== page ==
Kleinwächter views profit from the social standpoint as pay for taking the twofold risk of production—technical and economic, a distinction made by Gross—and for the care of supervision. From the individual point of view it is a speculative gain arising from advantage taken of differences between the prices of economic goods and the prices of the agents necessary to their production. In his fuller treatment in his book on distribution, Kleinwächter devotes most of his energy to a sarcastic polemic against the English classical economic theory, according to which the prices of commodities should equal their costs of production or the sum of the wages, interest, and rent paid the agents employed to produce them. No serious criticism of this theory is attempted, however, nor any sign displayed of a comprehension of its real meaning as a statement of the limits of tendencies. The general conclusion that the existence of profit follows from a divergence between the conditions of theory and those of fact is the starting-point of the present study. It is, of course, a statement of the problem, and not a solution of it; Kleinwächter virtually explains profit by ridiculing the idea that it should be thought to call for explanation.
In other than the German-speaking countries the subject of profit has not been prolific of independent monographs and treatises, but has usually been dealt with as an integral part of the general theory of distribution (though there are some exceptions in France and Italy which would have to be noticed in a fuller historical treatment). It is, of course, impossible to take up even the important theorists in all countries and summarize their views, while any brief treatment by schools or groups would be misleading rather than helpful. The writers already mentioned pretty well cover the fundamental theories and standpoints, with exceptions yet to be noted. A very common procedure is to treat profit as a special case of monopoly gain, or to combine elements of monopoly position with other factors. This method is apt to degenerate into a mere confusion of the two income categories. The common use of the term "monopoly profit" to designate monopoly revenue directly incites to this confusion.
The first notable development in the field of profit theory in America was the work of General Francis A. Walker. Walker effectually emphasized the place and importance of the entrepreneur or "captain of industry," and helped to free economic treatises in English from the careless handling of profit as an element in interest. His own "rent theory," however, in spite of its vogue at the time of its promulgation, need not now detain us. Walker wrote before Marshall, Clark, and Hobson had shown that all incomes are like rent in the mode of their determination, and with that point once made clear the rent theory is reduced to a wage theory merely, and its special significance disappears.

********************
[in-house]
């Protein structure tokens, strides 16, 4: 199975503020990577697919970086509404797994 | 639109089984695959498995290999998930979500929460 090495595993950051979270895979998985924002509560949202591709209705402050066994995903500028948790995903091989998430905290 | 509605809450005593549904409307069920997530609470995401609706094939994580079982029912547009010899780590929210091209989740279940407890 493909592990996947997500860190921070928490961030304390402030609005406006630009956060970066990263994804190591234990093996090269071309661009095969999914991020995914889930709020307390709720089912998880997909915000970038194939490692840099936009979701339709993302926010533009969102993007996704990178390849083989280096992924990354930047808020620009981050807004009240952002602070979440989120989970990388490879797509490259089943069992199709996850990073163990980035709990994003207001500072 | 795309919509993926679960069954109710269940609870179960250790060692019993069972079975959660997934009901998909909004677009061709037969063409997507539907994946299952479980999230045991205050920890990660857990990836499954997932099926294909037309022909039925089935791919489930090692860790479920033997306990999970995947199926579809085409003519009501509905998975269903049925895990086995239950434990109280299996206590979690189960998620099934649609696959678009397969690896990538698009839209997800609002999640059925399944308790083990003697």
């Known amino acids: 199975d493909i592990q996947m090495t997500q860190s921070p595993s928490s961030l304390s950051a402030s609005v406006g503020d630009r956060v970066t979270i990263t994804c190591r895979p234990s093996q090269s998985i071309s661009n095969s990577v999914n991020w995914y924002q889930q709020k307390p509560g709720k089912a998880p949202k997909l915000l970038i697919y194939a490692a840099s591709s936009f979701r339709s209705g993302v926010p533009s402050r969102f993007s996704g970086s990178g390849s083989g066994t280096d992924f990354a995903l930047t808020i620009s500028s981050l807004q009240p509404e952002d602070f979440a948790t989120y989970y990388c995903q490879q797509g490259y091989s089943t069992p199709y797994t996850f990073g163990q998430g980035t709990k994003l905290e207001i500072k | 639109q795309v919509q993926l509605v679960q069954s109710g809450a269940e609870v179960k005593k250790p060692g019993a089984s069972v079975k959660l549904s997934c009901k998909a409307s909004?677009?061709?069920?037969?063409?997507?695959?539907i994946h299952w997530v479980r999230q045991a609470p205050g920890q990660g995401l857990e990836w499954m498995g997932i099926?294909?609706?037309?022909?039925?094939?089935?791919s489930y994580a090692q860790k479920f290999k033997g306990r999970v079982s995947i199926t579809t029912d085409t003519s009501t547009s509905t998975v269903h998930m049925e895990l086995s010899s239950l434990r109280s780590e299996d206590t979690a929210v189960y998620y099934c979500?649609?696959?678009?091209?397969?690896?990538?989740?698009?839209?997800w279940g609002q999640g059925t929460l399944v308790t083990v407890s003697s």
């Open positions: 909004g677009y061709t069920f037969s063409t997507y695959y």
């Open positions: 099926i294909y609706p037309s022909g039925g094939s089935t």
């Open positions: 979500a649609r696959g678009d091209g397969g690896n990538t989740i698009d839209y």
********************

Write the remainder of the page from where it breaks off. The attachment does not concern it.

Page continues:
More recently the center of interest in the discussion of profit has shifted from Walker's theory to two other opposed views, the "dynamic theory" and the "risk theory" respectively. The former is the view upheld by Professor J. B. Clark and his followers and the latter is sponsored in particular by Mr. F. B. Hawley. Neither the connection between profit and changes in conditions nor that between profit and risk is an entirely new idea, but hitherto neither had been erected into a definite and ostensibly sufficient principle of explanation of the peculiar income of the entrepreneur. These two theories call for somewhat fuller treatment.
The dynamic theory is a correlate of Professor J. B. Clark's theory of distribution in the profitless "static state." Professor Clark outlines a systematic structure of theoretical economics in three main divisions.
The first treats of universal phenomena, and the second of static social phenomena. Starting with those laws of economics which act whether humanity is organized or not, we next study the forces that depend on organization but do not depend on progress. Finally it is necessary to study the forces of progress. To influences that would act if society were in a stationary state, we must add those which act only as society is thrown into a condition of movement and disturbance. This will give us a science of Social Economic Dynamics.